Market Nuggets: Silver Inflows To ETFs Rise Sharply

Market Nuggets: Silver Inflows To ETFs Rise Sharply – Barclays11 November 2010, 8:23 a.m.
By Debbie Carlson
Of Kitco News
(Kitco News) — Inflows to silver exchange traded funds rose sharply on Wednesday, registering an increase of 354 metric tons, Barclays Capital says in a research note. That figure almost matches the total inflows during all of October. The bank says Wednesday’s flows are the largest daily influx since December 2007. Nearly all of the purchases went to the largest ETF, iShares. The heavy inflows are a turnaround from April, when the largest ever monthly outflow was 335 tons. The bank notes the rise in ETF inflows is in contrast to the drop in long speculative interest in Comex silver futures. “A build in ETP interest is normally more positive as it reflects longer-term demand for the metal; however, silver’s own fundamentals still look burdensome and heavily reliant on investment demand to drive prices higher,” they say.

By Debbie Carlson of Kitco News;

11 November 2010, 8:23 a.m.
By Debbie Carlson
Market Nuggets: Base Metal Restocking Likely To Start In 2011 – Barclays

(Kitco News) — Demand for base metals has surged past market expectations, which has lifted prices, and market participants are likely working through inventory, rather than have restocked supplies, Barclays Capital says in a research note. Because of that demand for base metals might pick up in early 2011 as market users need to rebuild supplies once the seasonally slow period of the fourth quarter ends. The bank believes Chinese consumers will be ending 2010 with unsustainably low inventories as they work through current supplies and deal with power-related production curbs to refined metal output. Other regions will need to rebuild supplies, too, they say. “We therefore see the potential for a sizeable restocking boost to base metals buying in early 2011, in China, North America and parts of Europe, even if prices are still high. This stronger buying is likely to be the next catalyst for base metals prices, in our view, with those metals where supply is tight, such as copper and tin, posing the biggest upside potential,” Barclays says.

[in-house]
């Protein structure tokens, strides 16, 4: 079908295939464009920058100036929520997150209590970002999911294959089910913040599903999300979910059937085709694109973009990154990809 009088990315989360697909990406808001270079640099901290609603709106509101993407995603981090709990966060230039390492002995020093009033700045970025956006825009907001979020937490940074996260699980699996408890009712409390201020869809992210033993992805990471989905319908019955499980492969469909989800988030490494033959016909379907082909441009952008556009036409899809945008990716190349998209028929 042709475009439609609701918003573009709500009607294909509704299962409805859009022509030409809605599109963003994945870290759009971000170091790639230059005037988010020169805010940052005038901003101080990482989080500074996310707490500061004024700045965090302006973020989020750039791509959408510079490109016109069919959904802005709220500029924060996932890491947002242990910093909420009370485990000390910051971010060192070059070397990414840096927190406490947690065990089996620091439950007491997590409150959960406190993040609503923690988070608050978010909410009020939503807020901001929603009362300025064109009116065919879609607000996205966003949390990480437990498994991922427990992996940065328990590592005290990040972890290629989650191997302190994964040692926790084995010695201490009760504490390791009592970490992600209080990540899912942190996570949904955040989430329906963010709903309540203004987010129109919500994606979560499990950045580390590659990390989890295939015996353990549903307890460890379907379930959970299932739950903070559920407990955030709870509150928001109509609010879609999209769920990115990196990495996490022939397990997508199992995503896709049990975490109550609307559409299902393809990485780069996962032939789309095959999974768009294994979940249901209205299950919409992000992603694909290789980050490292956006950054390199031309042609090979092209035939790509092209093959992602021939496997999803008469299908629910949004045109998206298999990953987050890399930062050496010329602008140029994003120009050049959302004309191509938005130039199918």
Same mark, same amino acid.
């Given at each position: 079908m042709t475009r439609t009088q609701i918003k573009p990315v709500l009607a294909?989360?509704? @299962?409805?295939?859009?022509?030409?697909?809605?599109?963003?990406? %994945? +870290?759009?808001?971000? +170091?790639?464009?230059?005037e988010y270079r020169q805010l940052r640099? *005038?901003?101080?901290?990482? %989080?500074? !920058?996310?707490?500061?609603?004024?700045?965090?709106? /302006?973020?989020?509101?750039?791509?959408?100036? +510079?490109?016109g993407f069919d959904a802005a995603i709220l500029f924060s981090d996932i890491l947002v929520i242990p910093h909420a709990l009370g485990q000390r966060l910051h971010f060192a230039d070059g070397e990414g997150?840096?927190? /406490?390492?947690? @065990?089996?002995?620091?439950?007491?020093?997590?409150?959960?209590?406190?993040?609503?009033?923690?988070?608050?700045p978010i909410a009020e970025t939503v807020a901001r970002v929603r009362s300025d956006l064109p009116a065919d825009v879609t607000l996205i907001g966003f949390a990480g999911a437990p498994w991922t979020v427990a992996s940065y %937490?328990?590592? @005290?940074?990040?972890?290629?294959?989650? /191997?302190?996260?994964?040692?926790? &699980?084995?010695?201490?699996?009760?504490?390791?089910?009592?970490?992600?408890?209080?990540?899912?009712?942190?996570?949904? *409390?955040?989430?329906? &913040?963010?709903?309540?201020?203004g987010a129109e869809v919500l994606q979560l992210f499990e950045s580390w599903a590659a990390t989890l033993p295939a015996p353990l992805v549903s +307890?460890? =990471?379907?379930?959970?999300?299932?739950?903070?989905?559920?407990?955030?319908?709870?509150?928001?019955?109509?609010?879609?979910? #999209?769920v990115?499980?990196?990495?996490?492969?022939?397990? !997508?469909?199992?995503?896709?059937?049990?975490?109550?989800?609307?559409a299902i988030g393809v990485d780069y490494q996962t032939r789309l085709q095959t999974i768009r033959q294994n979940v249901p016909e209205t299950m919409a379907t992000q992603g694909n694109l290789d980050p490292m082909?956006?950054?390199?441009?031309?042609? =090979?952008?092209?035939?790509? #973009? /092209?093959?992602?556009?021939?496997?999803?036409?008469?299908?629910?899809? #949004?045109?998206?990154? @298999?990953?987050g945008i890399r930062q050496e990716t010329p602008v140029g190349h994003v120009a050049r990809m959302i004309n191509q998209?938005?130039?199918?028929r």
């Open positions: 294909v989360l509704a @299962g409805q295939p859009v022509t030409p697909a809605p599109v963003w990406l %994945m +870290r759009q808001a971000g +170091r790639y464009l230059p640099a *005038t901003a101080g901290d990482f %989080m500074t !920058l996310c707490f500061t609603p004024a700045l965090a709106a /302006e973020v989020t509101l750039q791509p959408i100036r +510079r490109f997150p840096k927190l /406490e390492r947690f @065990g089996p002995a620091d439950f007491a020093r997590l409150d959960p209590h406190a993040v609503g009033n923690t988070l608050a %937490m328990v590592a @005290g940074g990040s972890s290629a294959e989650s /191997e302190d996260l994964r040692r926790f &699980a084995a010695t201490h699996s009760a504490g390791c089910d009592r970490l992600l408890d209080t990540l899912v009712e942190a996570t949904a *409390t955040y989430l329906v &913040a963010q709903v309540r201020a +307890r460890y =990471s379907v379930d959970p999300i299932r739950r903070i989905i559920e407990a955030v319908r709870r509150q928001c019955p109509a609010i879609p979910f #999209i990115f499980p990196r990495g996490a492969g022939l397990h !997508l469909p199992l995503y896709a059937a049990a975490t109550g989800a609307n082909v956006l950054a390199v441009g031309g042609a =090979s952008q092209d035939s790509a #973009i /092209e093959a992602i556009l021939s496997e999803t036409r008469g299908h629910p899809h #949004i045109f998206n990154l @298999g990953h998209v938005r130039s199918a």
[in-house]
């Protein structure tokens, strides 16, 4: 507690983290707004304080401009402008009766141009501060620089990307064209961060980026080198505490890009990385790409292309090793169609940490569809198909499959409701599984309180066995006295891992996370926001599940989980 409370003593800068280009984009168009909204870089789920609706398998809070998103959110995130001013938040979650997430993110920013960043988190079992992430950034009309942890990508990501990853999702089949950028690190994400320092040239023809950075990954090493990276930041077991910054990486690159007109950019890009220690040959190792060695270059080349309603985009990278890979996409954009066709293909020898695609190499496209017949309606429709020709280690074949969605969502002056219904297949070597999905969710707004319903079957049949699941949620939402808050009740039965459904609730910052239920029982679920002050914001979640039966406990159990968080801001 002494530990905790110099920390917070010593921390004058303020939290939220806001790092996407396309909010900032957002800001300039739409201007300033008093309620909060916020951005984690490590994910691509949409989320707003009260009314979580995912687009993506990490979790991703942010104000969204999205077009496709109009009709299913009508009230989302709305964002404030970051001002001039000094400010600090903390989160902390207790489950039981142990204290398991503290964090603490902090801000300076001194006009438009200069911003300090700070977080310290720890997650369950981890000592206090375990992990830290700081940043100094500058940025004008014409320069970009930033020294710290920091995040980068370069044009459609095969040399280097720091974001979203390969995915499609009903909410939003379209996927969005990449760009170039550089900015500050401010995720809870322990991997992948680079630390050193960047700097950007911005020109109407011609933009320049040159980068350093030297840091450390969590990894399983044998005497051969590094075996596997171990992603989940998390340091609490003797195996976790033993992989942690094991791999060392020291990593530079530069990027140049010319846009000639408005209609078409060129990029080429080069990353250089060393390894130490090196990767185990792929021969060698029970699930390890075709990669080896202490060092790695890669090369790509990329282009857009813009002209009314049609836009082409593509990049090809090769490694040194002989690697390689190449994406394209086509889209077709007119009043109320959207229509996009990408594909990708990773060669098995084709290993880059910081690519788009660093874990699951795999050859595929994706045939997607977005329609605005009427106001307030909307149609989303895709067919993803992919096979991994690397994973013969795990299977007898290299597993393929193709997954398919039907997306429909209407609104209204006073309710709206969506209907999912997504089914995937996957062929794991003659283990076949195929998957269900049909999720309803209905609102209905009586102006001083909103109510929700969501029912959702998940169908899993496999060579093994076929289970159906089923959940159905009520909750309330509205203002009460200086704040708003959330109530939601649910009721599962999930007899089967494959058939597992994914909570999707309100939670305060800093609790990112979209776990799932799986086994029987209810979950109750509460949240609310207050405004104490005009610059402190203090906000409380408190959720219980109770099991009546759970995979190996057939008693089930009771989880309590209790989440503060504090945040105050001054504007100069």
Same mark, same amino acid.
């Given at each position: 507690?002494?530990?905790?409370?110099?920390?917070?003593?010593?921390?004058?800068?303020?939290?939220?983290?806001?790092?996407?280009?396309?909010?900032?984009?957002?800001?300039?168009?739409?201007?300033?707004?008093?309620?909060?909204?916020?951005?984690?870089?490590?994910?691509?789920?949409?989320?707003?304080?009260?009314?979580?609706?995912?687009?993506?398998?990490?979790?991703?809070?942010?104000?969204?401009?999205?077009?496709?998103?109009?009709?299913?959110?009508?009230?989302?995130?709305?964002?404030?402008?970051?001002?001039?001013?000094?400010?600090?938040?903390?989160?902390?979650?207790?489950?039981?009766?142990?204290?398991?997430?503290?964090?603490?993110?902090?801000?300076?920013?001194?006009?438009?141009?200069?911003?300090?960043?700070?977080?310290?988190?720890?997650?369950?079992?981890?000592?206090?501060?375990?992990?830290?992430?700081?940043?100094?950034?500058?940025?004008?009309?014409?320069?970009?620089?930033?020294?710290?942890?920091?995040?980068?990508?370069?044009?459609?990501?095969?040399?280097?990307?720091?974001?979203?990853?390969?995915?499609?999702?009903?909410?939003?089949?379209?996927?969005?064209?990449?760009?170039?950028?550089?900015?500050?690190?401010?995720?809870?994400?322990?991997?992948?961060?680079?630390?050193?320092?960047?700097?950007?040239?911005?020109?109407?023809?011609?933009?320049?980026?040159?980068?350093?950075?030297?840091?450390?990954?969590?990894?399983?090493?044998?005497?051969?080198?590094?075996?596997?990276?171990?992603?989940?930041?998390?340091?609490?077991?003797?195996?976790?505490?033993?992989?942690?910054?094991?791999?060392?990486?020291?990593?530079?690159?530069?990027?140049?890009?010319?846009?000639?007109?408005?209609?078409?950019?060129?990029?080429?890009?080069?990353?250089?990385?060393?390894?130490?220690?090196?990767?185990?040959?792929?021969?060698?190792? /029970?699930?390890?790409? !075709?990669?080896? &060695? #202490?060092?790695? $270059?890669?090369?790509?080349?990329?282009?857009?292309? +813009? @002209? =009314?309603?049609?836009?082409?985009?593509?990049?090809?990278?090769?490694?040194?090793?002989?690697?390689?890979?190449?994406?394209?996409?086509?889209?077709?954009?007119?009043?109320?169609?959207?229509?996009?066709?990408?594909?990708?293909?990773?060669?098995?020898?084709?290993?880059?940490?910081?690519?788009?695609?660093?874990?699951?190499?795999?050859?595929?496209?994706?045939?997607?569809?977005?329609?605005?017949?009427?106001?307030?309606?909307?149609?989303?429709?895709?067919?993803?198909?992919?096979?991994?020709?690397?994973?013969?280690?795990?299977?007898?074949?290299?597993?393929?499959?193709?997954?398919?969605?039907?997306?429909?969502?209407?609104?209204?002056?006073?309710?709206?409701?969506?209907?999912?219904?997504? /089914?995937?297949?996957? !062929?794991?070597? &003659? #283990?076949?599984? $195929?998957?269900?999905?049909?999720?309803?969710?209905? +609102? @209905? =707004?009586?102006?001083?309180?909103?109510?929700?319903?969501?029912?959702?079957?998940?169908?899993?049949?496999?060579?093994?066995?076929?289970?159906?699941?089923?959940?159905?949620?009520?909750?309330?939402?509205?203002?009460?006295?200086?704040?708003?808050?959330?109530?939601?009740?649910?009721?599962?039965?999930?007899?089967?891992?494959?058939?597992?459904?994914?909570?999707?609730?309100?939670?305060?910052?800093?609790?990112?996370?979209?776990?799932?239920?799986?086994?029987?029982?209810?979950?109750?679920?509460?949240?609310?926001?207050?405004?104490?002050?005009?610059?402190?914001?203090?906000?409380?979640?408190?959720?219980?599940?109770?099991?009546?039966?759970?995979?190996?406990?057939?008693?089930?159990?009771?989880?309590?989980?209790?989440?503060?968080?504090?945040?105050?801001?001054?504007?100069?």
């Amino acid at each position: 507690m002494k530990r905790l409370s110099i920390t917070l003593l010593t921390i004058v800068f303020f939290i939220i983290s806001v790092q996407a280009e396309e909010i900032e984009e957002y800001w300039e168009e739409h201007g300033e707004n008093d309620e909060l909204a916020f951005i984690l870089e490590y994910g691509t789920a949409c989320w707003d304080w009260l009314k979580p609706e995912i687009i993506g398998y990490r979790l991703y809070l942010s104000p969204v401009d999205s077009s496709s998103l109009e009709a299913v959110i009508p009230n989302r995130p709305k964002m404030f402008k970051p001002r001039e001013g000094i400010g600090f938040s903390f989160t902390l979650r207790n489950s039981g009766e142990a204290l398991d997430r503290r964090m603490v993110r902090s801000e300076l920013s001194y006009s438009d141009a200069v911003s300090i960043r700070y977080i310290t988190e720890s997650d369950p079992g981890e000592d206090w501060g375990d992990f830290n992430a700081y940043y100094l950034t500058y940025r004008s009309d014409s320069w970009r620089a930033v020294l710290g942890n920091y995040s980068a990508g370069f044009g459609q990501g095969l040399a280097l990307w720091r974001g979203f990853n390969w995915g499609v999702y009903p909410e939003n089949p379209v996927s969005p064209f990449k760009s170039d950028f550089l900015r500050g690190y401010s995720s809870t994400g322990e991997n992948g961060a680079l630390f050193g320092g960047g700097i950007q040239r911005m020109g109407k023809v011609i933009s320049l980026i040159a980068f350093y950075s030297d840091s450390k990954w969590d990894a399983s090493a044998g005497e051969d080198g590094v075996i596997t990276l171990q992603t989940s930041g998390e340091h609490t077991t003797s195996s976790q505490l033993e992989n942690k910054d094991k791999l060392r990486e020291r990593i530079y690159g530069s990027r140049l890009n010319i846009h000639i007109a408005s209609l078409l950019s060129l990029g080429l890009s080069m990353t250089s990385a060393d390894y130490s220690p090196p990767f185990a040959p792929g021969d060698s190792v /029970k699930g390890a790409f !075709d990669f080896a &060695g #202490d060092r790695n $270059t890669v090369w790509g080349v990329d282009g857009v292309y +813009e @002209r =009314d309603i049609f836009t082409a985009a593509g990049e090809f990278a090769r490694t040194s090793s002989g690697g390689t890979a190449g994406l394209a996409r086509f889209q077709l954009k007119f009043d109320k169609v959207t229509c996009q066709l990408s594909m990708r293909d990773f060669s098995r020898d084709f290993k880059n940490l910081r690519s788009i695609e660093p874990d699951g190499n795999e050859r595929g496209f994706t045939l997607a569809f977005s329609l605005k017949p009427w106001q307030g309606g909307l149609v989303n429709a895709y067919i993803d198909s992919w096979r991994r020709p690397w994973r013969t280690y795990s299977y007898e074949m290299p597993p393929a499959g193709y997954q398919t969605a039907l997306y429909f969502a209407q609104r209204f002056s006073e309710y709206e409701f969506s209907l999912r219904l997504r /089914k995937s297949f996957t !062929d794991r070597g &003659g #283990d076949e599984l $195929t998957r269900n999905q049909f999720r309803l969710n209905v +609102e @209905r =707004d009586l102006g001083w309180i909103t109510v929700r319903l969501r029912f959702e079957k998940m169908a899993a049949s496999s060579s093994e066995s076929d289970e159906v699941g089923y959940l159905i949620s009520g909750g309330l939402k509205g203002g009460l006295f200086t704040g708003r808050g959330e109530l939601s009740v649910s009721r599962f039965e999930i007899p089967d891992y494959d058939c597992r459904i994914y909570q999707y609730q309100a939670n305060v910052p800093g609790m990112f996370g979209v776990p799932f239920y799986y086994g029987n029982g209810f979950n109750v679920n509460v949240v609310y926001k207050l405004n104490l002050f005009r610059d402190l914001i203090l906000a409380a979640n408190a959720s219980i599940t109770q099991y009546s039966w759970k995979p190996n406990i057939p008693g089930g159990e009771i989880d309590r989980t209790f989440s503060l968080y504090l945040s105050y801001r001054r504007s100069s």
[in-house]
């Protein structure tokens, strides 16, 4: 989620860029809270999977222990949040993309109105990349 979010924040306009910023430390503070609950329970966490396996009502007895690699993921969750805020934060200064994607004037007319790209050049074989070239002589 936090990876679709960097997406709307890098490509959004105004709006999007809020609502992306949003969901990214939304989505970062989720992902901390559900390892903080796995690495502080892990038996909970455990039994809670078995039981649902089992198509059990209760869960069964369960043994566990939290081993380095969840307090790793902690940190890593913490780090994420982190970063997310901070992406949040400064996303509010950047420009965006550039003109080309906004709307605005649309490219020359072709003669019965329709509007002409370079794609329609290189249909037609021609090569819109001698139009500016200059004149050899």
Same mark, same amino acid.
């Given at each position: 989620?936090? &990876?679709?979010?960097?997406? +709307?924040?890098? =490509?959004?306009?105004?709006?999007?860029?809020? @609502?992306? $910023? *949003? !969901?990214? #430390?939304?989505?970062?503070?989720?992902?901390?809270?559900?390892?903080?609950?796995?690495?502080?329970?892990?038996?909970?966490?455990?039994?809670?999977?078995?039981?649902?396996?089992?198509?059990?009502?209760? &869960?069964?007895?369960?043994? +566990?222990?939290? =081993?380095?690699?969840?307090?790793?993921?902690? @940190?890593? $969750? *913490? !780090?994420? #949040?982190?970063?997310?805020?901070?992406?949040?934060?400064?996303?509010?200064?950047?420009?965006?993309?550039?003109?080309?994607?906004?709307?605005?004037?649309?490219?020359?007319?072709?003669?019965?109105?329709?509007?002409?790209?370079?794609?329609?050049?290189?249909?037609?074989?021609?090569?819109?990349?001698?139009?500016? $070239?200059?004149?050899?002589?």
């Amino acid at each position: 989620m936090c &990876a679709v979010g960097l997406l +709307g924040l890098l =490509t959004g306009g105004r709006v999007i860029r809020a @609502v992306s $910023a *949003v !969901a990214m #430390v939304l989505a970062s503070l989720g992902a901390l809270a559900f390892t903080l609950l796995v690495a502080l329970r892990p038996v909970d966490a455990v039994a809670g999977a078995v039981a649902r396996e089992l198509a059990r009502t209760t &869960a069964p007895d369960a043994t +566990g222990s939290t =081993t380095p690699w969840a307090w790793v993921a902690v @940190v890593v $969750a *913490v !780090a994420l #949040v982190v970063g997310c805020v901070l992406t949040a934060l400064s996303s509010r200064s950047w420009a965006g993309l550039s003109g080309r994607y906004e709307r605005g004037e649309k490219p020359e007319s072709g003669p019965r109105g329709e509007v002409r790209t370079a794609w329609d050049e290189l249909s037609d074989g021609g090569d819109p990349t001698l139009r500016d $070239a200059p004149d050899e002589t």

By Debbie Carlson of Kitco News;

11 November 2010, 7:56 a.m.
By Allen Sykora
Market Nuggets: LME Copper Hits Record High After Chinese Economic Data–R.J. O’Brien

(Kitco News) — China’s strong economic reports have sent three-months copper on the London Metal Exchange to an all-time high, says Janet Mirasola, managing director of metals at R.J. O’Brien & Associates. Chinese data include a 4.4% rise in the Consumer Price Index, industrial-production growth of 13.1% and growth in retail sales of 18.6%. Furthermore, Moody’s Investors Service raised China’s debt rating. China is the world’s largest consuming nation of copper. As of when Mirasola wrote her daily research report, copper had peaked at $8,966 a metric ton, surpassing the previous high of $8,940 from July 2008.

By Allen Sykora of Kitco News;

11 November 2010, 7:49 a.m.
By Allen Sykora
Market Nuggets: Commerzbank: Price Of Rare-Earth Metals To Rise From Elevated Levels

(Kitco News) — The price of rare-earth metals is likely to keep rising, says Commerzbank. The metals, which compromise 17 elements of the periodic system, are critical to a number of industries, including consumer electronics and technology, auto, alternative energy, plus they are used in military hardware. Prices have already skyrocketed in 2010, with cerium jumping from $3.88 per kilogram in 2009 to $50 at the start of November, Commerzbank reports. China, which has a virtual monopoly on production of these metals, has cut export quotas. There is little alternative supply in the short to medium term, as additional supply from the U.S. and Australia won’t hit the market until 2012-13 at the earliest. “As it will likely take years to raise the supplies necessary to meet global demand, we argue that rate-earth prices will rise strongly over the short to medium term from their already-elevated levels,” Commerzbank concludes. “In fact, there is also the risk that a shortage may be ahead.”

By Allen Sykora of Kitco News;


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